Search
× Search
Riled Up is a journal of science, the environment, exploration, new technology, and related commentary.  Contributors include scientists, explorers, engineers, and others who provide perspectives and context not typically offered in general news circulation.  For interested readers, additional resources are included.

The Conservation Alliance

Smoke from Space

Smoke from Space

 

San Francisco Bay Area smoke from Fires, 10-12-2017 (credit: JPL)

 

US national science agencies including NASA, NOAA, and the Jet Propulsion Laboratory (JPL) at CalTech manage and operate a suite of remote sensing satellites that observed wildfires raging in California. The environmental monitors gathered imagery using visible, infrared, and UV light signatures. Each sensor allows different sensitivities to determine characteristics of storms, clouds, ocean currents, winds, wildfires, and other environmental conditions. The orbiting satellites followed the growth, expansion, and extent of what is considered some the worst fires in California's history.

NASA used the photography to created an animation showing the sequences of smoke covering the San Francisco Bay Area. During the fires, air quality reached particulate pollution levels (PM-2.5) more typically associated with Beijing, China and which are considered severely unhealthy for people.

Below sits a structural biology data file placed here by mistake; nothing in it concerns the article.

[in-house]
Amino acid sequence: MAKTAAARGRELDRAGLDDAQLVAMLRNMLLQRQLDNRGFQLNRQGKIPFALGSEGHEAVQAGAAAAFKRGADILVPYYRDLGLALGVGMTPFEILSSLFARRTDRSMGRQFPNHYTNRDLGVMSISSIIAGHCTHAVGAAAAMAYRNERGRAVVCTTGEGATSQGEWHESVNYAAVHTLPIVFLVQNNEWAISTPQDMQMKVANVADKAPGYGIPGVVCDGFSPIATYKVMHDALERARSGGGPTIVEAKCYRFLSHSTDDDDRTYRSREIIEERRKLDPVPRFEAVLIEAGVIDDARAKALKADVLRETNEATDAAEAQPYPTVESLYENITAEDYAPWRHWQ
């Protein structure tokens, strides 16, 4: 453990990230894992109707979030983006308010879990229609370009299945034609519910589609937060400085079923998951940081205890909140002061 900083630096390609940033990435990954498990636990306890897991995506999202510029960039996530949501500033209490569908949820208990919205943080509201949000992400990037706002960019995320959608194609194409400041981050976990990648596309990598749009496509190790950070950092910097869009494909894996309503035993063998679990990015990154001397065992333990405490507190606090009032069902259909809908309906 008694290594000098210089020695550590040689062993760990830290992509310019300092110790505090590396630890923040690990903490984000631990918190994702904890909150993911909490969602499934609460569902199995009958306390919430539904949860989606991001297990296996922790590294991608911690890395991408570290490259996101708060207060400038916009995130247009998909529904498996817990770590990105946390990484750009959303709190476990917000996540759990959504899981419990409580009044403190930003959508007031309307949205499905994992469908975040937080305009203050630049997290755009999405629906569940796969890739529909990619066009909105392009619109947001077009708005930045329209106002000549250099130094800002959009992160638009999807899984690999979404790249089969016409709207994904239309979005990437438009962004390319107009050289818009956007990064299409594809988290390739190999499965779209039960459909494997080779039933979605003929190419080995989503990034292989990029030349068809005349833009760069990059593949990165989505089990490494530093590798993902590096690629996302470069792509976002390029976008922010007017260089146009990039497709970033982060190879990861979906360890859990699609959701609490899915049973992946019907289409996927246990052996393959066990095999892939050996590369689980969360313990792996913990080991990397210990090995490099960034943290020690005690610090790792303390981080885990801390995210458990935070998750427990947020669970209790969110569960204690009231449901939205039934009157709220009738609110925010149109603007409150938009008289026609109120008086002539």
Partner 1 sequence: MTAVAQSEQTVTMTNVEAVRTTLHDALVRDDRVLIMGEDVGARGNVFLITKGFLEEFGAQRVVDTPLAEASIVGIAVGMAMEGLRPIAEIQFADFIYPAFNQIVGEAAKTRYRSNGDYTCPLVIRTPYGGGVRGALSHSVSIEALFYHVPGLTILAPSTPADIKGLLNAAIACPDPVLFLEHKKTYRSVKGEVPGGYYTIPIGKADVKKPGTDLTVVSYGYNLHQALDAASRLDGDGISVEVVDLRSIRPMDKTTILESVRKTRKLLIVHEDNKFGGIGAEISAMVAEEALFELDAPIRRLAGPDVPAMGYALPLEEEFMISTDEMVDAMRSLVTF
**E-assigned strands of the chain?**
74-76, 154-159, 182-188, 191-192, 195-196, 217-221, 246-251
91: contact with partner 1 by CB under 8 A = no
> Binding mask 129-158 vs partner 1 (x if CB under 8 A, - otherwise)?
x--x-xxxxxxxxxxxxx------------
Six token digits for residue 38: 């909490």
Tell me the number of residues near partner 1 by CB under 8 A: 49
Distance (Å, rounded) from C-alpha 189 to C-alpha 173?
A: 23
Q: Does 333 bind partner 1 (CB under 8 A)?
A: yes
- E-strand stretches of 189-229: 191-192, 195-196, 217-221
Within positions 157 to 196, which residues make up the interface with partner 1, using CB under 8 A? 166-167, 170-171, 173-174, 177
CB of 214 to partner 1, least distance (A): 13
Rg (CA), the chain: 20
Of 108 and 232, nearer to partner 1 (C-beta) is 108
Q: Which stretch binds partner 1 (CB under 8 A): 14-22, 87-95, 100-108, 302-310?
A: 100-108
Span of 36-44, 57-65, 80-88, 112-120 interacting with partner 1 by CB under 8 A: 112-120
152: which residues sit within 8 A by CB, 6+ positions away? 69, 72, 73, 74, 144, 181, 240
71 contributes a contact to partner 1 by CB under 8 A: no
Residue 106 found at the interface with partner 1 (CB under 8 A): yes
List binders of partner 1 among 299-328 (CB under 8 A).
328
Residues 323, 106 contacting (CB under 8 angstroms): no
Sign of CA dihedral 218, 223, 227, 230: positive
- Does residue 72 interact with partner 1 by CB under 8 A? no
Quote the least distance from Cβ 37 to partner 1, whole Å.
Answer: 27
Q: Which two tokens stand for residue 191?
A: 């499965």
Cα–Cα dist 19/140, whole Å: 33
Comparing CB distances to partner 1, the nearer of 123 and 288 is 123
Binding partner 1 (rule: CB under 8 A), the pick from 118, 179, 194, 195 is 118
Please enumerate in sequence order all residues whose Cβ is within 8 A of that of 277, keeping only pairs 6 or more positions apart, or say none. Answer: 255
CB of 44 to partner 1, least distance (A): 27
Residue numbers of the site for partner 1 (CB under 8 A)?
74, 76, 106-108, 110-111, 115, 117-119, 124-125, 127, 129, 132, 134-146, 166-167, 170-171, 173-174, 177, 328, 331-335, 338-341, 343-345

Closer to the ground, footage gathered by a Washington Post drone viewed neighborhoods in the town of Santa Rosa entirely burned to the ground by fires ignited by sparks carried by high winds from nearby hillsides. California's 'fire season' used to occur during the Fall months but Cal-Fire now sees it as a year-round period. This has been expanded by the State's aridity and drought-amplified by climate change.

Using a more 'global' perspective, NOAA estimated the cost of the State's disasters to be historic. The agency calculated billion dollar costs associated to extreme weather and climate related events. This determination was made well before the floods, hurricanes, and fires occurred.

Extreme weather and storms once predicted for mid-21st Century are already now happening.

WHB

Print
240 Rate this article:
No rating
Please login or register to post comments.

Archive

Terms Of UsePrivacy StatementCopyright 2010-2021 by SWP Media, Inc.
Back To Top